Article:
The rise and fall of your favorite movie star or the most reviled CEO - in fact, all our destinies - reflects chance as much as planning and innate abilities. Even Roger Maris, who beat Babe Ruth's single season home-run record, was in all likelihood not great but just lucky.
How could it have happened that a wine was given five out of five stars by one journal and called the worst wine of the decade by another? Wine ratings, school grades, political polls, and many other things in daily life are less reliable than we believe. By showing us the true nature of chance and revealing the psychological illusions that cause us to misjudge the world around us, Mlodinow gives fresh insight into what is really meaningful and how we can make decisions based on a deeper truth. From the classroom to the courtroom, from financial markets to supermarkets, from the doctor's office to the Oval Office, Mlodinow's insights will intrigue, awe, and inspire.
Offering listeners not only a tour of randomness, chance and probability but also a new way of looking at the world, this original, unexpected journey reminds us that much in our lives is about as predictable as the steps of a stumbling man afresh from a night at a bar.
©2008 Leonard Mlodinow; (P)2008 Gildan Media Corp
"A wonderful guide to how the mathematical laws of randomness affect our lives." (Stephen Hawking)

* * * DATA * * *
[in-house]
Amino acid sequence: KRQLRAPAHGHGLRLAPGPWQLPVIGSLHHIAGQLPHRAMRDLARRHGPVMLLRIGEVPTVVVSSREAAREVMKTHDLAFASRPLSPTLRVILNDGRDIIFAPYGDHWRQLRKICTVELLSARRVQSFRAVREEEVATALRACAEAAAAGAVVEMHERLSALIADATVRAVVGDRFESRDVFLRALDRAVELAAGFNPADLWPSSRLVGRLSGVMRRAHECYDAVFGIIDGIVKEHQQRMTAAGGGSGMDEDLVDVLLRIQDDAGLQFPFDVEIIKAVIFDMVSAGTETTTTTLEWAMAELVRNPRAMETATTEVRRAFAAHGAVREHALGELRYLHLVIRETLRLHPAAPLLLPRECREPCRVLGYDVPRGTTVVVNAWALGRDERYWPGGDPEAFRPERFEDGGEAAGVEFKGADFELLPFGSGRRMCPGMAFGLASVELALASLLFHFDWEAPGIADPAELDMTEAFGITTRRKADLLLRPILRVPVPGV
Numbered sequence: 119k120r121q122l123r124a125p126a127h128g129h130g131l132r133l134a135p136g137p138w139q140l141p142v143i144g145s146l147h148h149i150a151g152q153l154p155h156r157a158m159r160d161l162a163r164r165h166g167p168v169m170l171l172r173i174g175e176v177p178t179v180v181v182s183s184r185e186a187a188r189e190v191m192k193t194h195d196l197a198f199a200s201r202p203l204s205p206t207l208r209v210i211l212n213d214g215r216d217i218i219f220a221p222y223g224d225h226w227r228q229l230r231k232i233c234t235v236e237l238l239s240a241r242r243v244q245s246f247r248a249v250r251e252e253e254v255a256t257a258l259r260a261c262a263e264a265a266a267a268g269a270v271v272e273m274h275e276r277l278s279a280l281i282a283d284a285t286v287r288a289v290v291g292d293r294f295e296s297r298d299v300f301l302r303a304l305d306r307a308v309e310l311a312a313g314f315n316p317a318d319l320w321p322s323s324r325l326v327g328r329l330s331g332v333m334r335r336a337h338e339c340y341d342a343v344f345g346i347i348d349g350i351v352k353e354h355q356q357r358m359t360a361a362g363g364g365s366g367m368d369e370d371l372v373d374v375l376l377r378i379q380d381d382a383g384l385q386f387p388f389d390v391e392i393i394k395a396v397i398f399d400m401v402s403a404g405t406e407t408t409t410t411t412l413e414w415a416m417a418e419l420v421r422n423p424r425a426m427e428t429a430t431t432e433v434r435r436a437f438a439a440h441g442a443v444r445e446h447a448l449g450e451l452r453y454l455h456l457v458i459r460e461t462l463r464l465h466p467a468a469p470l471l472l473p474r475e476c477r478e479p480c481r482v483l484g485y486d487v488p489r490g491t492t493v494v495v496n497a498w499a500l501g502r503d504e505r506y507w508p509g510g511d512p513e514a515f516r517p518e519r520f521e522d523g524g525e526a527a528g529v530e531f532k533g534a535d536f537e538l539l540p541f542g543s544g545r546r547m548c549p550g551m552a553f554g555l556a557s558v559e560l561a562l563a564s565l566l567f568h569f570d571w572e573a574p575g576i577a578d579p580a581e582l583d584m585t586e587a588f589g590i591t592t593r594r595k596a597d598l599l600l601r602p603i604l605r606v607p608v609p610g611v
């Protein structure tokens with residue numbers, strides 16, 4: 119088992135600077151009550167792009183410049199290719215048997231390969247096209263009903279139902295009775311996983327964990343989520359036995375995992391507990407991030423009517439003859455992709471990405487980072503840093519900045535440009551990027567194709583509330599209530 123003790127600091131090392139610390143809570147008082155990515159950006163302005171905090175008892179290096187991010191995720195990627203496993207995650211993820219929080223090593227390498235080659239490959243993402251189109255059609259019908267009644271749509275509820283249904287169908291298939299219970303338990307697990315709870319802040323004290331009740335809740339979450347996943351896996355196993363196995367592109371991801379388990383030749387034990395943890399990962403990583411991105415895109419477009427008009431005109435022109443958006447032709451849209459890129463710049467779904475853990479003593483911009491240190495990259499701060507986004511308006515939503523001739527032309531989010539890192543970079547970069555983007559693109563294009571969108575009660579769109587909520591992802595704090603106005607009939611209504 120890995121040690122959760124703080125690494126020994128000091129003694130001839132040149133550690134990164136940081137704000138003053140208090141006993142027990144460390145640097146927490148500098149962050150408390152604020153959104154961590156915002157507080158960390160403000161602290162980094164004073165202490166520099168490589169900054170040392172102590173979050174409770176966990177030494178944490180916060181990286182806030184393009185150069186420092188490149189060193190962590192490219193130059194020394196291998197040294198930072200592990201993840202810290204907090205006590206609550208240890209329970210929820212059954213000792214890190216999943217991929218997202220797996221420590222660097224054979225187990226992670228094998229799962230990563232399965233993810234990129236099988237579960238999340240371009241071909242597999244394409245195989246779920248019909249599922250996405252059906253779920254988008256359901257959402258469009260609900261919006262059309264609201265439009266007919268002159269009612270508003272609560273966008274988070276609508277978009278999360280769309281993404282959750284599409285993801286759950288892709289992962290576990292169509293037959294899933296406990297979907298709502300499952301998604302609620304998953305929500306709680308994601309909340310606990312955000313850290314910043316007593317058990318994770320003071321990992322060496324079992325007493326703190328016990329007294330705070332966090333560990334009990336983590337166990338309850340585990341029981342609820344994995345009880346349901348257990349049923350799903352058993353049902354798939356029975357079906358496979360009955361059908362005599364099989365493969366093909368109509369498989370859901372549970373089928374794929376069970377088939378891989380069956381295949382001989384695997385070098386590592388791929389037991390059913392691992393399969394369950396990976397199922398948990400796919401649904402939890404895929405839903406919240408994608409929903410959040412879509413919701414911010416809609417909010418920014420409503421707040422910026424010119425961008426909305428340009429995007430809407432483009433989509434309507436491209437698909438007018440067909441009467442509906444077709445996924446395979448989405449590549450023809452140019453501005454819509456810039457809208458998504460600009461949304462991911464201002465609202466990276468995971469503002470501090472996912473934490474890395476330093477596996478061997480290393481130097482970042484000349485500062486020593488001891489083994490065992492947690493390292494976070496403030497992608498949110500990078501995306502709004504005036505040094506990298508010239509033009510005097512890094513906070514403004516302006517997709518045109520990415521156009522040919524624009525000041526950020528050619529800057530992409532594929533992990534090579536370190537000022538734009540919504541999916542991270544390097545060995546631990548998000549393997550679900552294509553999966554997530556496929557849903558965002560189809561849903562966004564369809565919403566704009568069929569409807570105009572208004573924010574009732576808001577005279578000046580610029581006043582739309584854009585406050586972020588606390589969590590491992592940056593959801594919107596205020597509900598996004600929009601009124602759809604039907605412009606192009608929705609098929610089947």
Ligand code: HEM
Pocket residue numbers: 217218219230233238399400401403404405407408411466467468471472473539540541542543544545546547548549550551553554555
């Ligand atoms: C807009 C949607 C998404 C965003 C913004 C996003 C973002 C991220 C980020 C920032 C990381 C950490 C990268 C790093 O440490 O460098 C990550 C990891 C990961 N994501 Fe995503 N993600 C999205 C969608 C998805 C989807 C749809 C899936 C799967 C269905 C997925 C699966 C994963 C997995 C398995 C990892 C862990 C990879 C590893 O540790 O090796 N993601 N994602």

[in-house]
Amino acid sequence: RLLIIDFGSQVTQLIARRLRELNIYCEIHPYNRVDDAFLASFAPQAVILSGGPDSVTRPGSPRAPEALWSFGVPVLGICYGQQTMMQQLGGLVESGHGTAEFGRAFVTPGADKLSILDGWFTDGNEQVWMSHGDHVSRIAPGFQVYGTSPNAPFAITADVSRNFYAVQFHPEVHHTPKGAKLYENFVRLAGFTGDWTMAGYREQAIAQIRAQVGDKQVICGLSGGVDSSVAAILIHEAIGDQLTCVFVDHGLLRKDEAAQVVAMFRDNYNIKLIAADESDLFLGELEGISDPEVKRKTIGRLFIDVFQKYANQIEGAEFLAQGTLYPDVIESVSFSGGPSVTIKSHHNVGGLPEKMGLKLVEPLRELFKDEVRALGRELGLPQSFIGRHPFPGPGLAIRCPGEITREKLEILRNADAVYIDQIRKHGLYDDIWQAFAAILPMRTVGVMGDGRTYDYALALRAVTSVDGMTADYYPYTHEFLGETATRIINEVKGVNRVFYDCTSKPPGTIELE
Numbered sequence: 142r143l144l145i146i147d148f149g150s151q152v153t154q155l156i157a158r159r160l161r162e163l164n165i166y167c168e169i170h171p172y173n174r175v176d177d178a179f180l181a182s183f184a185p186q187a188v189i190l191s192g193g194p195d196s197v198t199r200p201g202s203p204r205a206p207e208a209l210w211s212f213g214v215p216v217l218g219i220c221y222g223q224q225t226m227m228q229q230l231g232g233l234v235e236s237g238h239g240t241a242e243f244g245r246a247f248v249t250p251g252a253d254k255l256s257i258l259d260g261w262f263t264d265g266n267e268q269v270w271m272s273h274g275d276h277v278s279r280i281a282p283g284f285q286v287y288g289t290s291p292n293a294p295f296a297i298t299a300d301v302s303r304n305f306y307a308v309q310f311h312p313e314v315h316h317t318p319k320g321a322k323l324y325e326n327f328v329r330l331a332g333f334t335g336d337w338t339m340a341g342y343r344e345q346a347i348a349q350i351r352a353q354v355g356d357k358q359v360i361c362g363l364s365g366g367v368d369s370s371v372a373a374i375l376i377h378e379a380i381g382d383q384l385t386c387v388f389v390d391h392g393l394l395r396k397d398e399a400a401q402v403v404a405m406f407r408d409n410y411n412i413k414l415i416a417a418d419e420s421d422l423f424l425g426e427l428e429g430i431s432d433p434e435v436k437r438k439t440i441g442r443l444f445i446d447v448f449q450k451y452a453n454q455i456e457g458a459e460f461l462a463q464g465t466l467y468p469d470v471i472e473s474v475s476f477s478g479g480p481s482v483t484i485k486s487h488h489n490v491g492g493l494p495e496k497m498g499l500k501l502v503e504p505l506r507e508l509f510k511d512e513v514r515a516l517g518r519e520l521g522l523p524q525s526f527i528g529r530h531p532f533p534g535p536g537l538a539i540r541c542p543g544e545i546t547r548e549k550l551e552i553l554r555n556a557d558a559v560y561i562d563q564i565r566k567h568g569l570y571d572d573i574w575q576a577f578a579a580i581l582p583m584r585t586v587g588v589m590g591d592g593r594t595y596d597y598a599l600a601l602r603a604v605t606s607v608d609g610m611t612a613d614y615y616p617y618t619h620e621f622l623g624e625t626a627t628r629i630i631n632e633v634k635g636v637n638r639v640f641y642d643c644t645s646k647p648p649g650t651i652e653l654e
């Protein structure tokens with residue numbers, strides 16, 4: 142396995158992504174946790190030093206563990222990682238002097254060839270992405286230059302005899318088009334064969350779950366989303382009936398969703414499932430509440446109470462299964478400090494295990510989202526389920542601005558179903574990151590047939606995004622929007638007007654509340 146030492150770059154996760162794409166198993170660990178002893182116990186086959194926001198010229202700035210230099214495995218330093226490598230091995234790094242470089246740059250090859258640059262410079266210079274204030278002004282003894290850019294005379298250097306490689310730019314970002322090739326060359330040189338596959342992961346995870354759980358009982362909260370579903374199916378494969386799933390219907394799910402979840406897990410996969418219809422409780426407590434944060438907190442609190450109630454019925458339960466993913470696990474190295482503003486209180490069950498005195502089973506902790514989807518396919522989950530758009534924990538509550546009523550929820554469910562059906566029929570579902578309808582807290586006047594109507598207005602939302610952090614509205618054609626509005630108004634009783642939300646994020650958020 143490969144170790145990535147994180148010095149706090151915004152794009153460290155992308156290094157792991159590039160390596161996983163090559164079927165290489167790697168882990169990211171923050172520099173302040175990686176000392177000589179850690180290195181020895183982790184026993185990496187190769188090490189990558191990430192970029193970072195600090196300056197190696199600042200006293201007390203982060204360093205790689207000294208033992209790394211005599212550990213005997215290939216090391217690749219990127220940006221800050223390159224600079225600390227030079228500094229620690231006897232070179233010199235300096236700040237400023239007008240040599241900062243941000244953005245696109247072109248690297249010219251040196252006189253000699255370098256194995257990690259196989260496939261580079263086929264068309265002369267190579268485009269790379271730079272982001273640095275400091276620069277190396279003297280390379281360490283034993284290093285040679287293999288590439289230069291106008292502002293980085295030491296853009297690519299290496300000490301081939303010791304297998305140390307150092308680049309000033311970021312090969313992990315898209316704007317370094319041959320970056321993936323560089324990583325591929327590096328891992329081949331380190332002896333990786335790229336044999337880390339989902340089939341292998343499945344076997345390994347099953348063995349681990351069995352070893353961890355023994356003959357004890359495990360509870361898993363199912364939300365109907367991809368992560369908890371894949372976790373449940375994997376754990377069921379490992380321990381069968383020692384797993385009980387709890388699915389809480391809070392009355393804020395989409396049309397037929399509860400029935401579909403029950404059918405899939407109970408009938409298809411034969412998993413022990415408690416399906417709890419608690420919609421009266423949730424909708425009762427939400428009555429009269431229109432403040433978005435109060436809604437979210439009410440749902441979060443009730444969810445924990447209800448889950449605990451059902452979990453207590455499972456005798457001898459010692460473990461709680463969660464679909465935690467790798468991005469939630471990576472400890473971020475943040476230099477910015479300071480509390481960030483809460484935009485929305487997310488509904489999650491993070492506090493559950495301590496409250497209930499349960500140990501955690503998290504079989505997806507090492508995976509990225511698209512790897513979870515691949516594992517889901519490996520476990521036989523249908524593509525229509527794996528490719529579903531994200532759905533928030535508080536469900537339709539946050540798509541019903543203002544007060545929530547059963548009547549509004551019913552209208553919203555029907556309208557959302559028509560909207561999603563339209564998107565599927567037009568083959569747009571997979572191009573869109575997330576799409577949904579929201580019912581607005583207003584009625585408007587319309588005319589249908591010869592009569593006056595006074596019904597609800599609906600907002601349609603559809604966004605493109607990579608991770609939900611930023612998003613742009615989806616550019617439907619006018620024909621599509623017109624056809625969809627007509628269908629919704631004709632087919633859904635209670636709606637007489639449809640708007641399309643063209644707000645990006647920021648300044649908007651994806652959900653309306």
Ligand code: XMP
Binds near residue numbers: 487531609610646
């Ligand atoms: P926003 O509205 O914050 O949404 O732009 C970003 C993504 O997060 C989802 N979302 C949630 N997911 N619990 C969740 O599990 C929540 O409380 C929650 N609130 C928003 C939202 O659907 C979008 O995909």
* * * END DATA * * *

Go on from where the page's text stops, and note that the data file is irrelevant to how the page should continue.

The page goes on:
"If you're strong enough to have some of your favorite assumptions challenged, please listen to The Drunkard's Walk....a history, explanation, and exaltation of probability theory....The results are mind-bending." (Fortune)
I am a clay sculptor and an art instructor at a community college. I mostly listen to audiobooks while I work in my home studio.
I didn't read the print version so I don't know. I don't consider this to be a useful question. I listen to audiobooks when my hands are otherwise occupied on a mundane task. I would likely not have gotten around to reading this book if it weren't being read to me while doing laundry and ironing and working in my studio.
Also not an appropriate question for this book.
I thought the most personally relevant information came at the end when the author was talking about famous authors, like Stephen King, whose work didn't do as well under a pen name. Earlier the author talked about the more well known (at least to me) story of JK Rowling's Harry Potter manuscripts being refused repeatedly. I also appreciated the section on listener's ratings and purchases of music by unknown artists.
The take-away is that so much of artistic success is reliant on luck, forces beyond their talent and, essentially, randomness.
As an artist, this is an interesting, though not necessarily a comforting perspective.
Again, weird question.
Seriously, this is not a useful way for me to review this audiobook.
I liked this book because it was accessible and very relevant to a regular person's life. I like
family tree buff
It was interesting, but there isn't much of a practical application to one's life.
I spend 90+ minutes a day in my car, Audible makes it enjoyable regardless of what's happening in traffic. My taste varies from endurance fitness to economics and from to combat stories and romance novels.
While there are some interesting things I learned, The Drunkard's Walk was a disappointment. Sure, math is a challenging topic to make interesting and the author tries, but his attempts at levity fall short, his discussion of the characters that gave us modern statistics is still dry, and I struggled just to finish the book.
This book does take some time to get in to. You may be tempted to stop listening after the first 20 mins or so, but trust me, hang on, since it gets better and better.